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A Basic Overview of RF/EMI Filters and Filtered Connectors

The field of electromagnetic interference (EMI) initially gained formal recognition quietly in 1933 under a sub-committee of the International Electrotechnical Commission (IEC) in Paris. Under the name of CISPR (International Special Committee on Radio Interference), the sub-committee was created to better understand the long-term complications that could arise from radio frequency technology. From its founding in 1820 by Morse, Henry, and Vail, radio’s popularity had exploded, becoming the must-have household appliance during the Depression. It was soon determined that intentional and unintentional RF transmissions began affecting other electrical systems, leading to a growing awareness of EMI within the electronics community. In 1934, CISPR began creating and distributing requirements regarding the recommended allowable emissions and immunity limits for electronic devices, which evolved into much of the world’s current EMC regulations.

Throughout the 1960s, 1970s and 1980s, researchers became increasingly alarmed about increased interference from electromagnetic emissions. In 1967, the U.S. military issued Mil Standard 461A, which established testing and verification requirements for electronic devices already in use in military applications, as well as emissions and susceptibility limits for new military electronic equipment.

In 1979, the U.S. Federal Communications Commission (FCC) imposed legal limits on electromagnetic emissions for all digital equipment in the U.S. As systems have become faster, smaller, and more powerful, these regulations have continued to evolve by necessity, as emerging technologies display a greater propensity to interfere with the operations of other electrical systems.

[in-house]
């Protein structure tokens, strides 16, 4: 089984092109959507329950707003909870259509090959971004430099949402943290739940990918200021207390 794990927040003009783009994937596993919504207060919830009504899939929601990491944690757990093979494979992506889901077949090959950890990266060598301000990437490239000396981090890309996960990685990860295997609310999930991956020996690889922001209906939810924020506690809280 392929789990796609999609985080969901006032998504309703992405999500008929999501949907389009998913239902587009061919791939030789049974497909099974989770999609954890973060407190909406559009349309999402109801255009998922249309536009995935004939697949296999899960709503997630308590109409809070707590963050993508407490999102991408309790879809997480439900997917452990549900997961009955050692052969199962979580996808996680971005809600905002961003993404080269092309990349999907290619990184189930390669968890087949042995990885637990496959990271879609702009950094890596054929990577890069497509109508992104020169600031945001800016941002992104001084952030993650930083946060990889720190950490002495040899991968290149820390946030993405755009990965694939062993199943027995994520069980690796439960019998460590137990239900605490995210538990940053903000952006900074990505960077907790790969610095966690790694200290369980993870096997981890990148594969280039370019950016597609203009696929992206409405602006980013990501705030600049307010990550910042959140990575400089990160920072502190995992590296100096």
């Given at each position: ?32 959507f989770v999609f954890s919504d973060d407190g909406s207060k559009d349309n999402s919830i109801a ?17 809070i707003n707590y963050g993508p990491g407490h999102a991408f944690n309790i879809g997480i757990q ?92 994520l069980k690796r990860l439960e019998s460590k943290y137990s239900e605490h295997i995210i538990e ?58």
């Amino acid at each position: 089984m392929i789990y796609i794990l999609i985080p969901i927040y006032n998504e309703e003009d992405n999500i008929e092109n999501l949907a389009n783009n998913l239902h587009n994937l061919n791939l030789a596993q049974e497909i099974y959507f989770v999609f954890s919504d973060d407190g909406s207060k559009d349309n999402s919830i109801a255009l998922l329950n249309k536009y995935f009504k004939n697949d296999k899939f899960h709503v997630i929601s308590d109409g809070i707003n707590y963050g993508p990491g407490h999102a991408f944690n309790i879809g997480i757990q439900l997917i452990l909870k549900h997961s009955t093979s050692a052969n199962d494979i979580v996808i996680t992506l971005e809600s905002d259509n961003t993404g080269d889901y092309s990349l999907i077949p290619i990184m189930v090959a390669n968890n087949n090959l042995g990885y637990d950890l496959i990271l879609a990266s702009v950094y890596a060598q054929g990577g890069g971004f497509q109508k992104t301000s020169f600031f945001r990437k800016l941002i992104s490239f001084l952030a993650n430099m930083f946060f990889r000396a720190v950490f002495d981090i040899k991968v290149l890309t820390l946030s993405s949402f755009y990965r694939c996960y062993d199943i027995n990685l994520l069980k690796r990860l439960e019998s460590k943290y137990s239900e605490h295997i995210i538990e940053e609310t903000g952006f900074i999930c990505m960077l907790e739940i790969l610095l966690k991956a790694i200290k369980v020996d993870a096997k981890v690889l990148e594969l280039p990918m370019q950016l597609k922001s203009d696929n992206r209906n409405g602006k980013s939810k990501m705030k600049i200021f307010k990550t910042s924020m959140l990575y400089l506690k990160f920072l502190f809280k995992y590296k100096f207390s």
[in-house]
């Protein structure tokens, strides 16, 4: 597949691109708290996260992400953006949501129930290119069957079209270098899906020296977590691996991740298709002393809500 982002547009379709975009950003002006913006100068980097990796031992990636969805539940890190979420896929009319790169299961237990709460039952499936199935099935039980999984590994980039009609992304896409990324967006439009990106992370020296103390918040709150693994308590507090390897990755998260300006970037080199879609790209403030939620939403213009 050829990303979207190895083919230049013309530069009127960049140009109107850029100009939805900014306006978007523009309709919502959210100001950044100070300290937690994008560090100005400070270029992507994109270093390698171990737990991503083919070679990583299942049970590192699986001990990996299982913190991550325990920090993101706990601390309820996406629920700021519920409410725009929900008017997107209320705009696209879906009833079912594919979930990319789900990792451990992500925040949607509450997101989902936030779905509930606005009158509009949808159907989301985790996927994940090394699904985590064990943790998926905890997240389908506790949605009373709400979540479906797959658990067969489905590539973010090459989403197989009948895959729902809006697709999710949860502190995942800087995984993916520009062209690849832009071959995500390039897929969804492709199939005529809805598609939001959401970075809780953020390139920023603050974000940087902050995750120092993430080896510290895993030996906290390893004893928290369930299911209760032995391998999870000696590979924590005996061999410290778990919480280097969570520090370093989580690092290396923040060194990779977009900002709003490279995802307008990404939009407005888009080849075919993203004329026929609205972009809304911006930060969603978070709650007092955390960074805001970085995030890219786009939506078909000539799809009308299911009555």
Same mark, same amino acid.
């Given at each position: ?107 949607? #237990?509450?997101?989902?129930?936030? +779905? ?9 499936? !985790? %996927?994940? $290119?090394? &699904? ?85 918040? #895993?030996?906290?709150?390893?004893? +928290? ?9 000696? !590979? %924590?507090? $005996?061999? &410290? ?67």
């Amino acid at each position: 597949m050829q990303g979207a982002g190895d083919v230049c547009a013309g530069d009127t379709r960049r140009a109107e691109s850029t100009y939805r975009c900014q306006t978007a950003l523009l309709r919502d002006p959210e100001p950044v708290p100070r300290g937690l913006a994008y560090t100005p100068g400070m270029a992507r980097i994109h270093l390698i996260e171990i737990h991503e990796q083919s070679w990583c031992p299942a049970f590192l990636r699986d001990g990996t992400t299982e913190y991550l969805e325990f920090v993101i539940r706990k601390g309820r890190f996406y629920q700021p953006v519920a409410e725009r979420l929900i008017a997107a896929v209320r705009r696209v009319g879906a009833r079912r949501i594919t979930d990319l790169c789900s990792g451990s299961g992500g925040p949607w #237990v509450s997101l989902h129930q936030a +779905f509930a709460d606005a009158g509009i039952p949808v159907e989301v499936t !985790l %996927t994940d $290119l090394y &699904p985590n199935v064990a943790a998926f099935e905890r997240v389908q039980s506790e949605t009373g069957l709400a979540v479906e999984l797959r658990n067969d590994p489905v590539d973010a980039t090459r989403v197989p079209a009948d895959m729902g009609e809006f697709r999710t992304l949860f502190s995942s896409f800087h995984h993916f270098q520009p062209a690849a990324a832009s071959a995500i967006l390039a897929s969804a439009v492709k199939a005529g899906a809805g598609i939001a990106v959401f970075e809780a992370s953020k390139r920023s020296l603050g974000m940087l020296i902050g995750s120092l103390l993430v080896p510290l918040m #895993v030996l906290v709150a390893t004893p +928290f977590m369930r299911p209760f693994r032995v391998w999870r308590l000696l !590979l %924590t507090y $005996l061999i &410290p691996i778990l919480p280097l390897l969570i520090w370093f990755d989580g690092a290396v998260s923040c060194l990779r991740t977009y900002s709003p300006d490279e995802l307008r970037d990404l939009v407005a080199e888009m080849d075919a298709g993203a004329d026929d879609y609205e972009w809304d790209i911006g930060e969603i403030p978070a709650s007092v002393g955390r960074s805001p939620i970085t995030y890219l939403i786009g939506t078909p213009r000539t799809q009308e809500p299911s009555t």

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To gain a better understanding of how noise is created, avionics and aerospace engineers have investigated EMI-related issues and identified ways that new systems can be designed to minimize transmitting noise, while also being able to withstand certain amounts of noise from external sources.

Initially, most companies opted for quick, unwieldy shielded enclosure designs which were little more than minimally effective Faraday cages. More savvy researchers, from companies seeking better long-term solutions to eliminate susceptibility to EMI in their sensitive electronic devices, gravitated to a more specialized, focused approach, combining better electronic designs and layouts, while incorporating additional shielding and filtering elements when required.